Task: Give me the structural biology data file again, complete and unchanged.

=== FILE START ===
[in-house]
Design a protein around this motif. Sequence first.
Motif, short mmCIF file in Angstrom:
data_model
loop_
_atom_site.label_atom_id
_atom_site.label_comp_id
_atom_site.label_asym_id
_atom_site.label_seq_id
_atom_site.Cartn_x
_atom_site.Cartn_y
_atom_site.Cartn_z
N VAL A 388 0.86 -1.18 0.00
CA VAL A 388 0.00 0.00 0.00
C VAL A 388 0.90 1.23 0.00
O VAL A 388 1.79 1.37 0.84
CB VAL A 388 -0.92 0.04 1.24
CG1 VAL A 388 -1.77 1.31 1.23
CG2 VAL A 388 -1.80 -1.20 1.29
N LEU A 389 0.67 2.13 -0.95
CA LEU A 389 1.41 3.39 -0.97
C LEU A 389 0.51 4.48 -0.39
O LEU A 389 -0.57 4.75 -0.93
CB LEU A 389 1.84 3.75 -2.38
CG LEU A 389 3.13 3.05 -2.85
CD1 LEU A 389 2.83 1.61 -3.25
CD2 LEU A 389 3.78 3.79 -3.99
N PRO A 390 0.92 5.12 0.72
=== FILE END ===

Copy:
[in-house]
Design a protein around this motif. Sequence first.
Motif, short mmCIF file in Angstrom:
data_model
loop_
_atom_site.label_atom_id
_atom_site.label_comp_id
_atom_site.label_asym_id
_atom_site.label_seq_id
_atom_site.Cartn_x
_atom_site.Cartn_y
_atom_site.Cartn_z
N VAL A 388 0.86 -1.18 0.00
CA VAL A 388 0.00 0.00 0.00
C VAL A 388 0.90 1.23 0.00
O VAL A 388 1.79 1.37 0.84
CB VAL A 388 -0.92 0.04 1.24
CG1 VAL A 388 -1.77 1.31 1.23
CG2 VAL A 388 -1.80 -1.20 1.29
N LEU A 389 0.67 2.13 -0.95
CA LEU A 389 1.41 3.39 -0.97
C LEU A 389 0.51 4.48 -0.39
O LEU A 389 -0.57 4.75 -0.93
CB LEU A 389 1.84 3.75 -2.38
CG LEU A 389 3.13 3.05 -2.85
CD1 LEU A 389 2.83 1.61 -3.25
CD2 LEU A 389 3.78 3.79 -3.99
N PRO A 390 0.92 5.12 0.72